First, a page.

“Company valuation and credit ratings methodologies do not typically inform investors whether they have exposure to these stranded assets. The markets continue to reward reserves replacement, rather than considering reserves redundancy,” the report said.
The 200 listed companies analysed in the study own 762 billion tonnes of carbon dioxide (CO2) through their reserves of coal, oil and gas which supports share value of $4trn and services $1.5trn in outstanding corporate debt.
To achieve emissions reductions consistent with an 80% chance of achieving the 2°C target, the fossil fuel reserves of these listed companies would likely have to comply with a budget of about 125 – 275 billion tonnes of CO2. This budget is proportional to a quarter share of reserves which they own.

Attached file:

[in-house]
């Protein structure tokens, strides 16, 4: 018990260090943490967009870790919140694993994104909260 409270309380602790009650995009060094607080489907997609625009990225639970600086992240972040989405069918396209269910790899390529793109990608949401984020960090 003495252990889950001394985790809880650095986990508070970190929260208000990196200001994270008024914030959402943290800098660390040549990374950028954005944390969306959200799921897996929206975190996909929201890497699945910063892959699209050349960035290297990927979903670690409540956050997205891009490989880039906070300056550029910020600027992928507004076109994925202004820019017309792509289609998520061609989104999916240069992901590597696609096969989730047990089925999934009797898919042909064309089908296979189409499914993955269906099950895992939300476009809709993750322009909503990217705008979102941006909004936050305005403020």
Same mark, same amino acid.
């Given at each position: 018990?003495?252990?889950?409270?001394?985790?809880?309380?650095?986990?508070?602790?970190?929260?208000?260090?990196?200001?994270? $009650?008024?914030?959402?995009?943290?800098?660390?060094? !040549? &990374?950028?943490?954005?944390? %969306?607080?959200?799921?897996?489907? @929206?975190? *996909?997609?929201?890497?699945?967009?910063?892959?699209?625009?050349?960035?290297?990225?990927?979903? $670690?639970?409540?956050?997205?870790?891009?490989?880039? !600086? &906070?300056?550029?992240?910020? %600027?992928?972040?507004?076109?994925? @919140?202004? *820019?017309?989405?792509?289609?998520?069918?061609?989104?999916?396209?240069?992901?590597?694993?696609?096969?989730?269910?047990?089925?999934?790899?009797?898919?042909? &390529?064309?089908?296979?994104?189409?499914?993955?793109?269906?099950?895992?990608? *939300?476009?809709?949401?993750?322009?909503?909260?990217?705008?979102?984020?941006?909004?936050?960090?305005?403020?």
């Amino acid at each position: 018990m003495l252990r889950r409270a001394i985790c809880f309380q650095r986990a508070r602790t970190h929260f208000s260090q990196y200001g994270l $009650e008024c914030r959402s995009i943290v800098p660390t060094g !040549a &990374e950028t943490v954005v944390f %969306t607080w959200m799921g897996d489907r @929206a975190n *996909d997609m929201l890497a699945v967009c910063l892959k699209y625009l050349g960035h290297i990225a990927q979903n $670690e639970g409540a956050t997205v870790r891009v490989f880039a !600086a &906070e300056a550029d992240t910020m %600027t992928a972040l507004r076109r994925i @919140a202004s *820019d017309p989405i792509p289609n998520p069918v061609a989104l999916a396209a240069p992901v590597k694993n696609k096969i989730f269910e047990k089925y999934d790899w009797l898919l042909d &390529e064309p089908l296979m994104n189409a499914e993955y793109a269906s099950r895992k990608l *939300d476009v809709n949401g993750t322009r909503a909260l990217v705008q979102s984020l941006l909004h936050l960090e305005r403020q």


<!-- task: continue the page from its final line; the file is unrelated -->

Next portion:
An optimistic scenario was applied to stress-test the carbon budgets. This assumed that more effort was applied to non-CO2 emissions, (e.g. methane from waste and agriculture), which resulted in freeing up more CO2 budget for fossil fuels. However under a more precautionary scenario, the carbon budget could be around half this amount – 500 billion tonnes, which still does not meet the carbon budget.
The analysis concludes that even a less ambitious climate goal, like a 3°C rise in average global temperature or more, which would pose significantly greater risks for the global economy, would still imply significant constraints on the use of fossil fuel reserves between now and 2050.